shrewsburydeerDeer on the lawn of an Elm Lane residence earlier this month. (Click to enlarge)


Most mornings, Brian Hall wakes up to find the motion sensor outside his home flashing. He’s gotten accustomed to it, much as his wife, Suzanne, has gotten used to her flower garden doubling as a feeding trough.

In the year-and-a-half that the couple have lived off Sycamore Avenue in Shrewsbury, deer have been as much a part of their neighborhood as the people who live next door.

“There definitely is a lot of deer,” Brian Hall said.

Now, as the ubiquitous artiodactyls appear to be causing a larger threat to public health and safety, the borough council is looking to residents for input on how to bring the increasing deer population under control.

The council, which recently mailed out a questionnaire to all homeowners on the topic, will hold a public meeting next week to talk about its options. Among the possible ways to reduce the number of deer is trapping them, tranquilizing and transporting them somewhere else. Another is shooting them with a gun or bow and arrow, said Mayor Terel Cooperhouse.

The police department has recommended that the best option is to allow bow and arrow hunting for the first time in the borough’s history.

The council recently cleared the way for a limited number of permits to be issued for hunting season later this year, by introducing an amendment to its hunting ordinance. But no action will be taken until the council gets feedback from those who live in town, Cooperhouse said. If the hunt is approved, no hunter will be issued a permit without consent from property owners, he said.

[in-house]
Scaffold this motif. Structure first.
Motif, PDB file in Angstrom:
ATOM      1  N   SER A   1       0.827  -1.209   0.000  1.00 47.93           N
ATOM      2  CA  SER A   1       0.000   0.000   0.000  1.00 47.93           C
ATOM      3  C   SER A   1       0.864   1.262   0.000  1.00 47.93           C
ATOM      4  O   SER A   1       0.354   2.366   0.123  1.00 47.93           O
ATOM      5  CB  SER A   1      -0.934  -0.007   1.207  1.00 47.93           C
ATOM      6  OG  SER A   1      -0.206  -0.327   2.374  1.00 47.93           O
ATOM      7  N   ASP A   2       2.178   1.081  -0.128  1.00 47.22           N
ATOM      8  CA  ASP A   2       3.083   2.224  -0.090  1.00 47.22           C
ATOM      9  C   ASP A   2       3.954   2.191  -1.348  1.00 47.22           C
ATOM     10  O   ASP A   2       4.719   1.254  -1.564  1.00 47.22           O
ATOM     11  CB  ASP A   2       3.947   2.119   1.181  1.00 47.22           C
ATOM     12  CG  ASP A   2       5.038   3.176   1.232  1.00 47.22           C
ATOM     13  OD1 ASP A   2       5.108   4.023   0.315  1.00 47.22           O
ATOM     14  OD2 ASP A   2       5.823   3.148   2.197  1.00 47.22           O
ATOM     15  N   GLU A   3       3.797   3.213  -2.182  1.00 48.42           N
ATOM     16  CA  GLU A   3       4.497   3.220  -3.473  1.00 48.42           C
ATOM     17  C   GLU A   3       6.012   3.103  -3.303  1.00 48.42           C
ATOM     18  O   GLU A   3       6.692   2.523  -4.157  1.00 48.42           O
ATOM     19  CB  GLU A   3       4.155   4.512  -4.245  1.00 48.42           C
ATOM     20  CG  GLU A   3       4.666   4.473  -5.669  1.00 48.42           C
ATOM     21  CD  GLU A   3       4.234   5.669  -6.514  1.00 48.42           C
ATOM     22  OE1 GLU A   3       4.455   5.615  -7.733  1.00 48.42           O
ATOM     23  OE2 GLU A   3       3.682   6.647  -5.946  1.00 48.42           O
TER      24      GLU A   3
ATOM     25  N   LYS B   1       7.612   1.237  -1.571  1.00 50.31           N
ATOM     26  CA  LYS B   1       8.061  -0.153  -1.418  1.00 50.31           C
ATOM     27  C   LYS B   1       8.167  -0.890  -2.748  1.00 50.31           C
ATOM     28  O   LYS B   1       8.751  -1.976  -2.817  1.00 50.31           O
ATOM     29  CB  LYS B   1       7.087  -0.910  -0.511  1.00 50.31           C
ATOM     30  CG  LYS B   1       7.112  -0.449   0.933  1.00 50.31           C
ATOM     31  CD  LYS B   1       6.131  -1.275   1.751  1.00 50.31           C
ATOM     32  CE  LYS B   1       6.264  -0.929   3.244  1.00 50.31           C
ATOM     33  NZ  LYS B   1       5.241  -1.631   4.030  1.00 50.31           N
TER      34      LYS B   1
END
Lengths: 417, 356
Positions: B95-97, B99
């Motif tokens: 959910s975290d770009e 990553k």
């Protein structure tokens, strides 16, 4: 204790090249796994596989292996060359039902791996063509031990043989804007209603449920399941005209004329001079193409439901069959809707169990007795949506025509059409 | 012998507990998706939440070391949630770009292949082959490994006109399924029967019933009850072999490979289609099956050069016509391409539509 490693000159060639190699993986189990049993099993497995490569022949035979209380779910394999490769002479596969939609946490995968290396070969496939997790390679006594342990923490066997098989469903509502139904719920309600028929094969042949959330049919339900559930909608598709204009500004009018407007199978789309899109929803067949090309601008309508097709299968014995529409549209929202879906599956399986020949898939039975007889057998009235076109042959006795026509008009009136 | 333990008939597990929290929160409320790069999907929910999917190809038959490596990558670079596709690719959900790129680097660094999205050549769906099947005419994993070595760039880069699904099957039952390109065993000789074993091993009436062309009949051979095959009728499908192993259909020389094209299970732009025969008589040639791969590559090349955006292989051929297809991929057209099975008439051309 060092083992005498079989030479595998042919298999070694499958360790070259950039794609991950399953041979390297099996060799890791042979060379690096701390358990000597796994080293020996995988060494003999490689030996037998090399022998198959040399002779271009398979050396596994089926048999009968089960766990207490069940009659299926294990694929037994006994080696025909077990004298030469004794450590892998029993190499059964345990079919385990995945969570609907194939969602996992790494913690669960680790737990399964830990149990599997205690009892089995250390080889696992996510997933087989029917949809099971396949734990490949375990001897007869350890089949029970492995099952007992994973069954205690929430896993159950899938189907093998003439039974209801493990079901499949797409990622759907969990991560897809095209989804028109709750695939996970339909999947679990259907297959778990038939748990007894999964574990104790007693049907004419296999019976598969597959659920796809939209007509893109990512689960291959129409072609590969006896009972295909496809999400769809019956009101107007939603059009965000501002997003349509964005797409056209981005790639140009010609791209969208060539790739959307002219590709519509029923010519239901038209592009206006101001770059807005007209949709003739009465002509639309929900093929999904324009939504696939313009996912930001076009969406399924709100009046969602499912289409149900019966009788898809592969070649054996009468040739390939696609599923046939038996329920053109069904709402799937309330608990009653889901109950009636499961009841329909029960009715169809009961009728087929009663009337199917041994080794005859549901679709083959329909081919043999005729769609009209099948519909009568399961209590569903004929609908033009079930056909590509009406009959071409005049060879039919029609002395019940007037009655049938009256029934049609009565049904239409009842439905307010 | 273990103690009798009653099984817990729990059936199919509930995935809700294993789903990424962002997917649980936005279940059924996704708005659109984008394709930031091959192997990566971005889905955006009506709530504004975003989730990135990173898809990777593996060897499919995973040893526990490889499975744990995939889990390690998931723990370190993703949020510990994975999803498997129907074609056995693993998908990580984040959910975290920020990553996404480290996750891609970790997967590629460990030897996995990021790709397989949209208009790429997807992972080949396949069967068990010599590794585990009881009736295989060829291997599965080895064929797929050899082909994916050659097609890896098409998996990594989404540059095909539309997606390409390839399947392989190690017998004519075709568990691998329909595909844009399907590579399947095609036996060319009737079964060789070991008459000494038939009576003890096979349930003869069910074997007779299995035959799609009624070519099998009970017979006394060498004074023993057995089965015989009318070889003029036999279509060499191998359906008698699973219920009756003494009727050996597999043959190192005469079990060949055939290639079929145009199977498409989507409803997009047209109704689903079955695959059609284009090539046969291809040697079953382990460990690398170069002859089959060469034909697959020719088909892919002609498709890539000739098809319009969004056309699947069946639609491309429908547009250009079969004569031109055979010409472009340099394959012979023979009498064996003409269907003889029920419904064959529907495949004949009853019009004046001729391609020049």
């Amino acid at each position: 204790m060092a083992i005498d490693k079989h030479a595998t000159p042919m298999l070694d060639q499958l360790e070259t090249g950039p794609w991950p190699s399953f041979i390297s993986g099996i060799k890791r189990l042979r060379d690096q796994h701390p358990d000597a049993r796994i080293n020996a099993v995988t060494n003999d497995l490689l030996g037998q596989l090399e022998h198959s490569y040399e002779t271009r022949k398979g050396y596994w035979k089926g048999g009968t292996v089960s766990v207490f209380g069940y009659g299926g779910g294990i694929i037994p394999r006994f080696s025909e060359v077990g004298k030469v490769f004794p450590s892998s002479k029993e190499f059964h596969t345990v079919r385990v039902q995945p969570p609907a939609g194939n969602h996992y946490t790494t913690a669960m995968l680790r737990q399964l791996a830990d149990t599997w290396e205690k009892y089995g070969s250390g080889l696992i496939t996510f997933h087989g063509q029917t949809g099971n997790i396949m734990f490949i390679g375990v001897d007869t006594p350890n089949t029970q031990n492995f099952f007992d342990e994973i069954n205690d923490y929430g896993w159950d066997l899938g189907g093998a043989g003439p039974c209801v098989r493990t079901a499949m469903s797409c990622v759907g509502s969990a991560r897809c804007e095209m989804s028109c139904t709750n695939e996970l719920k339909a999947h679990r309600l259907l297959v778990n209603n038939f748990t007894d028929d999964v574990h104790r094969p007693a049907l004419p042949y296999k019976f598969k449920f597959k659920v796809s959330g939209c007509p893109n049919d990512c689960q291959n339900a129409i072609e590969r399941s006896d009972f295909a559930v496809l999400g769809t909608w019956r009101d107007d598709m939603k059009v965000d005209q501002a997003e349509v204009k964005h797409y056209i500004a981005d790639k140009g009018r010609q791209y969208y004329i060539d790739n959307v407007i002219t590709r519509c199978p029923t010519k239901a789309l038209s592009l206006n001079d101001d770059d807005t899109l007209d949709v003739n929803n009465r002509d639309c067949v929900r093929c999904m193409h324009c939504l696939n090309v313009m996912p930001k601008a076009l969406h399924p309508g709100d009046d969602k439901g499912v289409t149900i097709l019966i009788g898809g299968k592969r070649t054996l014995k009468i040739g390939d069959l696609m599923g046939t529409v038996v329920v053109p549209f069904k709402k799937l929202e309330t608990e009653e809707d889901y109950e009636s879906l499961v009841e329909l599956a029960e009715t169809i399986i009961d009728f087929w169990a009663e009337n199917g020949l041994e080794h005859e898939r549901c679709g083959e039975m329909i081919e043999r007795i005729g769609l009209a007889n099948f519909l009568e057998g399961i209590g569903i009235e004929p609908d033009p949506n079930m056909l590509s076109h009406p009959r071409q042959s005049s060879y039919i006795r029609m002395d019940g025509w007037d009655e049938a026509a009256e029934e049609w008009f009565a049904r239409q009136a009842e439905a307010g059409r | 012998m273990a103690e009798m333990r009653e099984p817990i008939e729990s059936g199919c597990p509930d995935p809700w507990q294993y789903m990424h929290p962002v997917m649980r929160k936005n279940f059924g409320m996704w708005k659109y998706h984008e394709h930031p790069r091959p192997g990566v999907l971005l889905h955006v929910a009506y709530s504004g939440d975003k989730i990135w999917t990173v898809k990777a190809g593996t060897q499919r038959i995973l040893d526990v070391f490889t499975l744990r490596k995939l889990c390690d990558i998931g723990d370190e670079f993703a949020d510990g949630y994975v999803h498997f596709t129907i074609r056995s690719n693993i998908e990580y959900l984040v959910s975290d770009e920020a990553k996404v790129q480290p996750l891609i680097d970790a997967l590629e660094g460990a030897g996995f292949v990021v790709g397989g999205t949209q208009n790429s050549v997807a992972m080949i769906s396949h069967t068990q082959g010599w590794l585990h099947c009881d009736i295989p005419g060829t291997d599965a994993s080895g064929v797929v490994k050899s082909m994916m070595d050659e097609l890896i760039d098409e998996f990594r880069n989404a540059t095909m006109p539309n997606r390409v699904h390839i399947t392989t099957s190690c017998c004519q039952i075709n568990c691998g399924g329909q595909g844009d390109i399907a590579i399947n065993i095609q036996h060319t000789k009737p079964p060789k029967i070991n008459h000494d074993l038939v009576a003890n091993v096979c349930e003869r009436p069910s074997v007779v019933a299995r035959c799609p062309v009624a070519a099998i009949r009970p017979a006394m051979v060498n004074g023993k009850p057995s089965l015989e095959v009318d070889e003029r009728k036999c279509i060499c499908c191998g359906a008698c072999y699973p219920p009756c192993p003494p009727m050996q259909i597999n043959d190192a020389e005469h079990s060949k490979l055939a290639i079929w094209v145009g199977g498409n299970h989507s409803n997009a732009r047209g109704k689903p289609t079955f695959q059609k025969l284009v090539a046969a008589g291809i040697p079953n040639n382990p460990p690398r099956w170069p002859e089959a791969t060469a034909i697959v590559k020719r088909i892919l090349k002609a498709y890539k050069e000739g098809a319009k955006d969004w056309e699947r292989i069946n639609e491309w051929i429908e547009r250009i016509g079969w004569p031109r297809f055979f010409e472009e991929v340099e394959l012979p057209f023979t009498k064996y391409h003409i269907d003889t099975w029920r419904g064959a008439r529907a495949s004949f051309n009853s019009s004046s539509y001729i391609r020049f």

“We’ll listen to residents for comments, and it will give the council an opportunity to review, take a step back and decide at a subsequent meeting,” he said. “It was my recommendation to not rush into it hastily. Let’s get the info, digest it, then make a decision.”

Finding a solution to the growing number of deer, which Cooperhouse said has caused an increase in car accidents and property damage, is unlikely to be a simple process. Cooperhouse himself is torn about how to handle the problem, just as some residents are.

Hall, even though he’d like to see fewer deer in his neighborhood, is unsure how to ethically approach the issue.

“We’re not sure of a solution,” he said. “We’re not necessarily sure about a wounded deer coming into our yard.”

In that same neighborhood, Marty Kowalski said he isn’t crazy about the possibility of hearing gunshots in his sleepy residential area.

“I have mixed feelings on population control. Not that we’re in in favor of going out and killing deer, but, if gone unchecked, the population could get out of control,” said Kowalski, who’s lived in Shrewsbury for 15 years. “I’m not thrilled about gunshots going off in our area, but they have to figure out some way to control them.”

The council will meet with the public at 7:30p on October 28 at borough hall.